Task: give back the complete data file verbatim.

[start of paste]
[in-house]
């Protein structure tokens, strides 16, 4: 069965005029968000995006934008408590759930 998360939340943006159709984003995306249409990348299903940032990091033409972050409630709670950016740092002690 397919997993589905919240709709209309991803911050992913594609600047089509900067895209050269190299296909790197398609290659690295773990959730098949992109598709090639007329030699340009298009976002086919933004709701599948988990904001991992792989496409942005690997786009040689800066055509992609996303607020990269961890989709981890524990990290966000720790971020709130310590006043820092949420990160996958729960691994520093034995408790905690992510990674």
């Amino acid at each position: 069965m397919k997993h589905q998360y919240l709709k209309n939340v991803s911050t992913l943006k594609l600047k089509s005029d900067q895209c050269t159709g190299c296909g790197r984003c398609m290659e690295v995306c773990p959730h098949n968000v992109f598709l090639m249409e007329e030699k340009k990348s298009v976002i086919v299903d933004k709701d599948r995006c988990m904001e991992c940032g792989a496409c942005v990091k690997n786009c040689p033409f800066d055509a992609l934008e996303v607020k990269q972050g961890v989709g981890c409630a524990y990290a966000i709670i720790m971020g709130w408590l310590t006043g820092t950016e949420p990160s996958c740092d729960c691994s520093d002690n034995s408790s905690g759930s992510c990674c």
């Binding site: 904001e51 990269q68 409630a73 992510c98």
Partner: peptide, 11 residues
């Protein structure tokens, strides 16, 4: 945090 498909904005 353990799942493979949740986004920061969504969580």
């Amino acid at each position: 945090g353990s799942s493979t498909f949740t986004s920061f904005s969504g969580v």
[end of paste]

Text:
[in-house]
């Protein structure tokens, strides 16, 4: 069965005029968000995006934008408590759930 998360939340943006159709984003995306249409990348299903940032990091033409972050409630709670950016740092002690 397919997993589905919240709709209309991803911050992913594609600047089509900067895209050269190299296909790197398609290659690295773990959730098949992109598709090639007329030699340009298009976002086919933004709701599948988990904001991992792989496409942005690997786009040689800066055509992609996303607020990269961890989709981890524990990290966000720790971020709130310590006043820092949420990160996958729960691994520093034995408790905690992510990674």
């Amino acid at each position: 069965m397919k997993h589905q998360y919240l709709k209309n939340v991803s911050t992913l943006k594609l600047k089509s005029d900067q895209c050269t159709g190299c296909g790197r984003c398609m290659e690295v995306c773990p959730h098949n968000v992109f598709l090639m249409e007329e030699k340009k990348s298009v976002i086919v299903d933004k709701d599948r995006c988990m904001e991992c940032g792989a496409c942005v990091k690997n786009c040689p033409f800066d055509a992609l934008e996303v607020k990269q972050g961890v989709g981890c409630a524990y990290a966000i709670i720790m971020g709130w408590l310590t006043g820092t950016e949420p990160s996958c740092d729960c691994s520093d002690n034995s408790s905690g759930s992510c990674c």
């Binding site: 904001e51 990269q68 409630a73 992510c98």
Partner: peptide, 11 residues
């Protein structure tokens, strides 16, 4: 945090 498909904005 353990799942493979949740986004920061969504969580």
């Amino acid at each position: 945090g353990s799942s493979t498909f949740t986004s920061f904005s969504g969580v």